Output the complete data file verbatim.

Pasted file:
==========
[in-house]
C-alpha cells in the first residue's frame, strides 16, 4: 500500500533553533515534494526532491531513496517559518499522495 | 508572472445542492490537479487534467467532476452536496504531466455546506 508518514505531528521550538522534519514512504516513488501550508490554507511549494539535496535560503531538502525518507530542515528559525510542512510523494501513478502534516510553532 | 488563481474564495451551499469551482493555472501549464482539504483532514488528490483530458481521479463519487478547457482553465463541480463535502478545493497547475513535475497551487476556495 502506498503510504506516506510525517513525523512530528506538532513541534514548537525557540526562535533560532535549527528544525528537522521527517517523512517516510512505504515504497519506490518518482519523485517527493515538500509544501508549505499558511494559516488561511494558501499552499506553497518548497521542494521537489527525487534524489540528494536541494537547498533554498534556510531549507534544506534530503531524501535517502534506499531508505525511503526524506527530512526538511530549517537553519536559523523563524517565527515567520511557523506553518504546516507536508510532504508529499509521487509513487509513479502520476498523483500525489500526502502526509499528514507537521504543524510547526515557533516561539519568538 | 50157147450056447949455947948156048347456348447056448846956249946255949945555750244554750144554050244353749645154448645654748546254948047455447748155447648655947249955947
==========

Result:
[in-house]
C-alpha cells in the first residue's frame, strides 16, 4: 500500500533553533515534494526532491531513496517559518499522495 | 508572472445542492490537479487534467467532476452536496504531466455546506 508518514505531528521550538522534519514512504516513488501550508490554507511549494539535496535560503531538502525518507530542515528559525510542512510523494501513478502534516510553532 | 488563481474564495451551499469551482493555472501549464482539504483532514488528490483530458481521479463519487478547457482553465463541480463535502478545493497547475513535475497551487476556495 502506498503510504506516506510525517513525523512530528506538532513541534514548537525557540526562535533560532535549527528544525528537522521527517517523512517516510512505504515504497519506490518518482519523485517527493515538500509544501508549505499558511494559516488561511494558501499552499506553497518548497521542494521537489527525487534524489540528494536541494537547498533554498534556510531549507534544506534530503531524501535517502534506499531508505525511503526524506527530512526538511530549517537553519536559523523563524517565527515567520511557523506553518504546516507536508510532504508529499509521487509513487509513479502520476498523483500525489500526502502526509499528514507537521504543524510547526515557533516561539519568538 | 50157147450056447949455947948156048347456348447056448846956249946255949945555750244554750144554050244353749645154448645654748546254948047455447748155447648655947249955947